So with the cool story behind the Mormon Yankees depicted in ‘Spirit of the Game’ coming out this week, what do the reviews say? Well, Derrick Clements of the Daily Herald says it’s above average, giving it a C+. Clements writes “’Spirit of the Game’ belongs in the category of Mormon cinema that strives more to tell a story about Mormon characters than it does to convey a sermon for The Church of Jesus Christ of Latter-day Saints or to make fun of its peculiarities. It’s a subgenre that seems to be getting more entries lately (as a reviewer and interested observer of this genre, I feel like I’m repeating myself a bit), and it’s a trend I celebrate, but in the unique case of “Spirit of the Game,” the movie’s broadness and its prioritization of culture over dogma actually fuels the movie’s surprise weakness: By skipping the sermons in a movie about missionaries, the characters’ motivations are often muddled, and the result is a movie that has plenty of game, but very little spirit.” Clements also said that the film “lacks the sensitivity those films had in portraying Mormon feelings and motivations.” While I haven’t seen the movie yet (those take a while to come to my neck of the woods, and a 2.5 yr old and a 5 mo. old aren’t condusive to first-run movie reviews), I’m intrigued, because the way Clements describes the movie seems like it might be something I’m interested in. For example, he says “It’s refreshing to see a Mormon movie that doesn’t make fun of missionaries or gloss over the little, tangible hardships they experience daily. It’s a welcome thing to see conflict within a Mormon community, not just between it and the outside world.” That’s a positive in my book, especially compared to some of the earlier cornier films. But he also notes that the Mormon aspect seems to be missing from a lot of it. I wonder if it’s because this film was possibly made for a more mainstream audience?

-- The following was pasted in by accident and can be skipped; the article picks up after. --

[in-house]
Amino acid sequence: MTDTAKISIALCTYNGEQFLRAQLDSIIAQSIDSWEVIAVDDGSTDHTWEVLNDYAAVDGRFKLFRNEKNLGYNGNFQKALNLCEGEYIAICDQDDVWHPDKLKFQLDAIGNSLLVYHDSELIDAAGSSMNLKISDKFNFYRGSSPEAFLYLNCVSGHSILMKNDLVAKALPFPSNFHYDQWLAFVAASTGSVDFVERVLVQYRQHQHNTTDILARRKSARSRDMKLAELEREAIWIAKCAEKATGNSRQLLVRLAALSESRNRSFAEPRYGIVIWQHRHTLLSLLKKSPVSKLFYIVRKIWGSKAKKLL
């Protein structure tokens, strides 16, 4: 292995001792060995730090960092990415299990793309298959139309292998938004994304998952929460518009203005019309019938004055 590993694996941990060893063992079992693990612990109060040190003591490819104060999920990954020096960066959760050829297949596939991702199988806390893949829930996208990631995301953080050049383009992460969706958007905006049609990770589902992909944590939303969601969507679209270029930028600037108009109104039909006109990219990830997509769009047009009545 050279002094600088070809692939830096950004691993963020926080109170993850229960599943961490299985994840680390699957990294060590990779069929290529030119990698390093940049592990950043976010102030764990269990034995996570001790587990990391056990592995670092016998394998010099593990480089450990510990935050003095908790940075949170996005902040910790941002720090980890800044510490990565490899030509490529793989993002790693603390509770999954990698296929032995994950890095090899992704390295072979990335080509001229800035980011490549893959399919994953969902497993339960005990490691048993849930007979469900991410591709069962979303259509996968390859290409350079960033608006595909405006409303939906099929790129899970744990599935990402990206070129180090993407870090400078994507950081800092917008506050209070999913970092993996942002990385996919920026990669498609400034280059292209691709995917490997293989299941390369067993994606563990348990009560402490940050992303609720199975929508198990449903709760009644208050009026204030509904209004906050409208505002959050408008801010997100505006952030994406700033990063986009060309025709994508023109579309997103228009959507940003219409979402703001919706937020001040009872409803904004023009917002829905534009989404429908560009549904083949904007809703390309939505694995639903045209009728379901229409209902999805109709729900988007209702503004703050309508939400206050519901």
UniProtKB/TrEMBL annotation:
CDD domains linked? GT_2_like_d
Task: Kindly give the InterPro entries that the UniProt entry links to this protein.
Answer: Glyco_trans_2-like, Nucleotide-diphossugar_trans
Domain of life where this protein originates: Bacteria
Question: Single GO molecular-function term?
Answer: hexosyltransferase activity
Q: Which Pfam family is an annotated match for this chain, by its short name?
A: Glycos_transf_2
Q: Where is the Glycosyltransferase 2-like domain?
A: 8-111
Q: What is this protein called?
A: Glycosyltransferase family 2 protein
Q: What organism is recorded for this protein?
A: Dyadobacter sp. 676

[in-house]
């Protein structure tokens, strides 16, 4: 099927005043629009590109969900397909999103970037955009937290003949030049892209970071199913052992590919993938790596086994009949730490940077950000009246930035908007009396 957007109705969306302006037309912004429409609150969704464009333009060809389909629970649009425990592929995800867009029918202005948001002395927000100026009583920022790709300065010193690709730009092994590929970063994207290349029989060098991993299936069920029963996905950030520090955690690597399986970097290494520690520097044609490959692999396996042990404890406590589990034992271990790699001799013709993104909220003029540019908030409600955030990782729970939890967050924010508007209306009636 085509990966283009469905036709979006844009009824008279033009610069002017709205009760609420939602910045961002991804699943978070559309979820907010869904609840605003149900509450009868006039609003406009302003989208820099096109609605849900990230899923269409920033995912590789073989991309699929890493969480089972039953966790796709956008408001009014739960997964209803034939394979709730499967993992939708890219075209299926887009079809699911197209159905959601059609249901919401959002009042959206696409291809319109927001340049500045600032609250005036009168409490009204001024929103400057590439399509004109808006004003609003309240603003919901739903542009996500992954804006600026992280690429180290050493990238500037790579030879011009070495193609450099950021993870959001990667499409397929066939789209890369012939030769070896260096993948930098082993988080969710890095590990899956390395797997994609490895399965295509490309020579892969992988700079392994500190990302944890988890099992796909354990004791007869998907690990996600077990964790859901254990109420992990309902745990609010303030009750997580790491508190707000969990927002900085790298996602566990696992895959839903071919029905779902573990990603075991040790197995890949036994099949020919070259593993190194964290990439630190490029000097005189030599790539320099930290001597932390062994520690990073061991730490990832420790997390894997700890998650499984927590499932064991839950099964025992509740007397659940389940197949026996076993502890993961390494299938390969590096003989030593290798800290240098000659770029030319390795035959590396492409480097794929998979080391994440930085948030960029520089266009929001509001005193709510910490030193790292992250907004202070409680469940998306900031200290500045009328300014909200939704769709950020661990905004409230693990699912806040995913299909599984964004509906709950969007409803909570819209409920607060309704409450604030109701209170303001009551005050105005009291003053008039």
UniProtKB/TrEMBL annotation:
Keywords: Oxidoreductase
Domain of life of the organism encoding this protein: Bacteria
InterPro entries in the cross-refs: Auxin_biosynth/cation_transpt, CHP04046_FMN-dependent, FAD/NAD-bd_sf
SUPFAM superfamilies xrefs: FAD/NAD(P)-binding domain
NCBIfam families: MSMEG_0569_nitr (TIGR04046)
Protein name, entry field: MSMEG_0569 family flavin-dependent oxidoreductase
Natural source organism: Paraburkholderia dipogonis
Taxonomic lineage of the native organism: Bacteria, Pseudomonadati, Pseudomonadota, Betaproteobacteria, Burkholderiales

Man and Wife and Wife: The Dark World of Polygamous Wedding Ceremonies (Broadly via Vice)
Molly Oswaks has been covering Mormon Fundamentalists (and religious fundamentalists) a lot this last year for Vice, and wrote one of the more disturbing articles I have read when she looked into the FLDS baby graveyards back in May. This one has a lot of the same chilling behind-the-scenes details of what life is like for a woman who will be marrying a man in The Order (also known as the Latter Day Church of Christ, or more commonly known as the Kingston Clan). It’s one thing to hear general terms – underage brides, rape, incest, etc in many of these groups. It’s another thing to read the actual experience of Julianna Johnson, 34, who left the Order when she was 21 years old. Johnson was only 15 when she married her then 19-year-old nephew Jacob Kingston.

Court Defeat for Death-Row Inmate Included in Krakauer Book (ABC News)
Ron Lafferty, who was convicted in the 1984 slayings of his sister-in-law Brenda Lafferty and her baby daughter after she resisted her husband’s entry into a polygamous group is now one step closer to execution by firing squad after a judge handed down a pair of court defeats on Wednesday. Lafferty’s case was made famous by Jon Krakauer’s 2003 book, “Under the Banner of Heaven,” which detailed some of the radical offshoot sects of the LDS Church.